Accusative case (abbreviated as ACC) is the grammatical case of nouns and pronouns that marks direct object of the verb. This term is used only in Colloquial/Modern Nûrlâm but rarely in Standard language where it is called Objective case (see below). Moreover, objective case if formed differently for nouns and pronouns. As the objective/accusative form of pronouns is irregular, please consult articles about pronouns or cases for further information.
The term Objective case is used because personal pronouns have distinct form when used as objects of sentence. Subjective form is considered Nominative and objective form is called Objective, however they are completely different and still join the verb into different slots.
Nouns in objective/accusative case are formed by suffix -ish, but this suffix is considered archaic. Even in Standard language nouns lost this ending in favor of same null-ending as Nominative case. However suffix -ish may be still used for objective nouns if the sentence is too complex or has non-standard free word order (for example in poetry).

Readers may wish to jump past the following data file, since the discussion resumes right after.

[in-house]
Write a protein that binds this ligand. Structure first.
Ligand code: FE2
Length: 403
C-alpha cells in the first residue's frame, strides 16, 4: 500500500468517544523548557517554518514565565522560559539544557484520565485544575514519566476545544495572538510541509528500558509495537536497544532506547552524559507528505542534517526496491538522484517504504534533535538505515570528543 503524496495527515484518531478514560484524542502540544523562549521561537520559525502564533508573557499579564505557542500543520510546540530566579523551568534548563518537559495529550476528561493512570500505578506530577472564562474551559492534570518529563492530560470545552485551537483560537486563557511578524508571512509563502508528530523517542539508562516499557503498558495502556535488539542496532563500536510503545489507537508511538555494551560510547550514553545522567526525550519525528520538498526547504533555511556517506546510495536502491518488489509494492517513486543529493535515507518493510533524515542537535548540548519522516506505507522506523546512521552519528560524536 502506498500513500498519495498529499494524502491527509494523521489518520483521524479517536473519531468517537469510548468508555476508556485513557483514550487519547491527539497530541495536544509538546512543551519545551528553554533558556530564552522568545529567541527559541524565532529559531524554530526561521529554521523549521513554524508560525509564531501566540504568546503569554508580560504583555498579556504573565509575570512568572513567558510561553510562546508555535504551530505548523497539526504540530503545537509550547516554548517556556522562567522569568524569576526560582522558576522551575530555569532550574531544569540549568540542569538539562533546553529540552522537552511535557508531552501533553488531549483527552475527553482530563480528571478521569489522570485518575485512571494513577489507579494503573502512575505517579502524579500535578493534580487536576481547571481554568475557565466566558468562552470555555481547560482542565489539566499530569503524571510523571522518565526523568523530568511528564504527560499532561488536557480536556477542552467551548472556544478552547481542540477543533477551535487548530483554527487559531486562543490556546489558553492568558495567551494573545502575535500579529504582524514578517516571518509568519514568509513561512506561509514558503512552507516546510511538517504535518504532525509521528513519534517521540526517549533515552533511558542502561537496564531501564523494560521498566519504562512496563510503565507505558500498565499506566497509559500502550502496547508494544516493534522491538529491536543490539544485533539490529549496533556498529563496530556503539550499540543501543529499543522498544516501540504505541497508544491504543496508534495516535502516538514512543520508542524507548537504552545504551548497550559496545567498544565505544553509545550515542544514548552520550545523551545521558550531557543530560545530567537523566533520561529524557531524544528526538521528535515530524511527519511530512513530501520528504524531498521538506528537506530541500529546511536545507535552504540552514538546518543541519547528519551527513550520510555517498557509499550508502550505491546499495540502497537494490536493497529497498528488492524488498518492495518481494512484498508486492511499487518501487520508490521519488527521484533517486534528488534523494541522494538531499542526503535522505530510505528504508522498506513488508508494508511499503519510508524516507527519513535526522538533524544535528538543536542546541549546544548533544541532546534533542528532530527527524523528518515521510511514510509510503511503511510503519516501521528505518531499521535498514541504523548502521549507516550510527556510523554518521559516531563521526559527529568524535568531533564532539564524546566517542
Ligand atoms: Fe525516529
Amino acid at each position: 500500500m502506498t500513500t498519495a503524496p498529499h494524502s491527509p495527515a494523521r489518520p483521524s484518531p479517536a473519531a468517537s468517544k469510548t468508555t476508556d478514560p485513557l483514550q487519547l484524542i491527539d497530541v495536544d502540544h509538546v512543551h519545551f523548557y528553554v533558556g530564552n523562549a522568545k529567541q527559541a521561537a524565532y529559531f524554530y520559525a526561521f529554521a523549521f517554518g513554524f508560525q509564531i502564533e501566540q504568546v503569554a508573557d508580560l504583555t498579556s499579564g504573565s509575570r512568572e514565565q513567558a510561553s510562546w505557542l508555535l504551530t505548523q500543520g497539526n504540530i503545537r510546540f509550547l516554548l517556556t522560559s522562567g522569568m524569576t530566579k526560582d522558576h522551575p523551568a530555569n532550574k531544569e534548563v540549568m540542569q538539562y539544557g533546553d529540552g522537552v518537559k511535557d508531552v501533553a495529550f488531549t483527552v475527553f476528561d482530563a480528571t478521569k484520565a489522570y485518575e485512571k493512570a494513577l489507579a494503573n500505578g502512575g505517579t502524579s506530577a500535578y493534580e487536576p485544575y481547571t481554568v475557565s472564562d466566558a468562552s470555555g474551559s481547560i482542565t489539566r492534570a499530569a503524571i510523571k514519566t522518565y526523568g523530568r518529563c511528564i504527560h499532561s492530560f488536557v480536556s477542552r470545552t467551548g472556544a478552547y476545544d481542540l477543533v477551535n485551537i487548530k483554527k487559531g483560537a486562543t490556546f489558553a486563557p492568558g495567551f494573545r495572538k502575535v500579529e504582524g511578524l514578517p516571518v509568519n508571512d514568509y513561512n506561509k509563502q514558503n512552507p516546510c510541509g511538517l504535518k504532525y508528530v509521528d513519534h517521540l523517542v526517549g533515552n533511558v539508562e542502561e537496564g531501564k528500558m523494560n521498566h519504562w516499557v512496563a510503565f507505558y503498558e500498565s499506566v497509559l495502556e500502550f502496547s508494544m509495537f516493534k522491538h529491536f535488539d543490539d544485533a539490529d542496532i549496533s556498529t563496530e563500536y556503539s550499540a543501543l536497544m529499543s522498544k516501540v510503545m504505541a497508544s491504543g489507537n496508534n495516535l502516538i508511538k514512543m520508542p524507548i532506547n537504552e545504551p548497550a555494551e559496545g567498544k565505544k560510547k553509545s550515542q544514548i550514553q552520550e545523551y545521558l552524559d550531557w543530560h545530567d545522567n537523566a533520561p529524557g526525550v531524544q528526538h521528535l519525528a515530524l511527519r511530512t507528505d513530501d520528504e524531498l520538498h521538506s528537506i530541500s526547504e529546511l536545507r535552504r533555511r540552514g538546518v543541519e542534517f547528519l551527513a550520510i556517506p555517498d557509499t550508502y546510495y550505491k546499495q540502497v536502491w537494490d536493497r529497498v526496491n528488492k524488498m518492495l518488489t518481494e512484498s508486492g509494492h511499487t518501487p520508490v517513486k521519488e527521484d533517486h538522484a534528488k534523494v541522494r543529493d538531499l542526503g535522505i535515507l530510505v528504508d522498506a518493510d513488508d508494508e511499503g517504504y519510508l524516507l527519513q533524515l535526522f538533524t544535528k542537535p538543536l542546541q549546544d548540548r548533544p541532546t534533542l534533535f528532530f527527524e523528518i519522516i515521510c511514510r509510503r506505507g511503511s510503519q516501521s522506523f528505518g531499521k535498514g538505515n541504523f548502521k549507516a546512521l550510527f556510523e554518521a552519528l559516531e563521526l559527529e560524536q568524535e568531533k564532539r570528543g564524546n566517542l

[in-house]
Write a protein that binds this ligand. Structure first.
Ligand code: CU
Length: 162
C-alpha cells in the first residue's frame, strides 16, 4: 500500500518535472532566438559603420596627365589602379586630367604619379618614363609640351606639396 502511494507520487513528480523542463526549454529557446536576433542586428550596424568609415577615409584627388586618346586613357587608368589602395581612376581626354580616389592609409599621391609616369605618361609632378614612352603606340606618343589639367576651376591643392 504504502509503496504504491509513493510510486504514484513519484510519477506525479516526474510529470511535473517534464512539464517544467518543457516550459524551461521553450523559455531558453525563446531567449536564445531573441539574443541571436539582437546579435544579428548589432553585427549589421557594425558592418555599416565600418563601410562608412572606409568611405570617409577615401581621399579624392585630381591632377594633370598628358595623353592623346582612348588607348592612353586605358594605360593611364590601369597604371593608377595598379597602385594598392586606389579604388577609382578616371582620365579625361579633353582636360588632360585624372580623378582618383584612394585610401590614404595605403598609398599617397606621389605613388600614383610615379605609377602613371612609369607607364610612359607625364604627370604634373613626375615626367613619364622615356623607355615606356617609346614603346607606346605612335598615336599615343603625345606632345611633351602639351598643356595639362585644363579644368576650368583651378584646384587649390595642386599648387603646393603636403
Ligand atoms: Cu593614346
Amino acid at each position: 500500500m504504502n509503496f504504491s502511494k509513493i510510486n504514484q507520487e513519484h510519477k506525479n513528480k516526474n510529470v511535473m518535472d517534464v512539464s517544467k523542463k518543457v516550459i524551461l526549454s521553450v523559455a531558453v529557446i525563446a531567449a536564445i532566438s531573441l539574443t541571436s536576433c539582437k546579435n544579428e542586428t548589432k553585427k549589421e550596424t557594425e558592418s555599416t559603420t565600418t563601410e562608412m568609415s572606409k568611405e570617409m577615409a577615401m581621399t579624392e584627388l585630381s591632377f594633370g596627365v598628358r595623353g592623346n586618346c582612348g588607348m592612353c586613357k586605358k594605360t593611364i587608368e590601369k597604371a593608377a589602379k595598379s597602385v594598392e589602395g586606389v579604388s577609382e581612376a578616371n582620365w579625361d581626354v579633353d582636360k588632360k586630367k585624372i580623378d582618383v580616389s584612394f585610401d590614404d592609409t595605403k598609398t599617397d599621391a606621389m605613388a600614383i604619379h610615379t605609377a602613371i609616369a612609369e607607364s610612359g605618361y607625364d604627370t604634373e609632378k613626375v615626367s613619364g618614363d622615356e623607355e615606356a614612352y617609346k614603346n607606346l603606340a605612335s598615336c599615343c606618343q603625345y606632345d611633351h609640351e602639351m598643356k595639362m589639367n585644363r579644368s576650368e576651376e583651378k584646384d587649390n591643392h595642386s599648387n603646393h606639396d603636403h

Nouns have completely lost special ending of Accusative/Objective case in colloquial speech. However personal pronouns kept it. Some subdialects even took objective form of personal pronouns as the default nominative. Moreover they have tendency to add old noun's objective suffix -ish to them (as well as other case suffixes). But there are a lot of irregularities in pronouns' case form, so consult corresponding pages.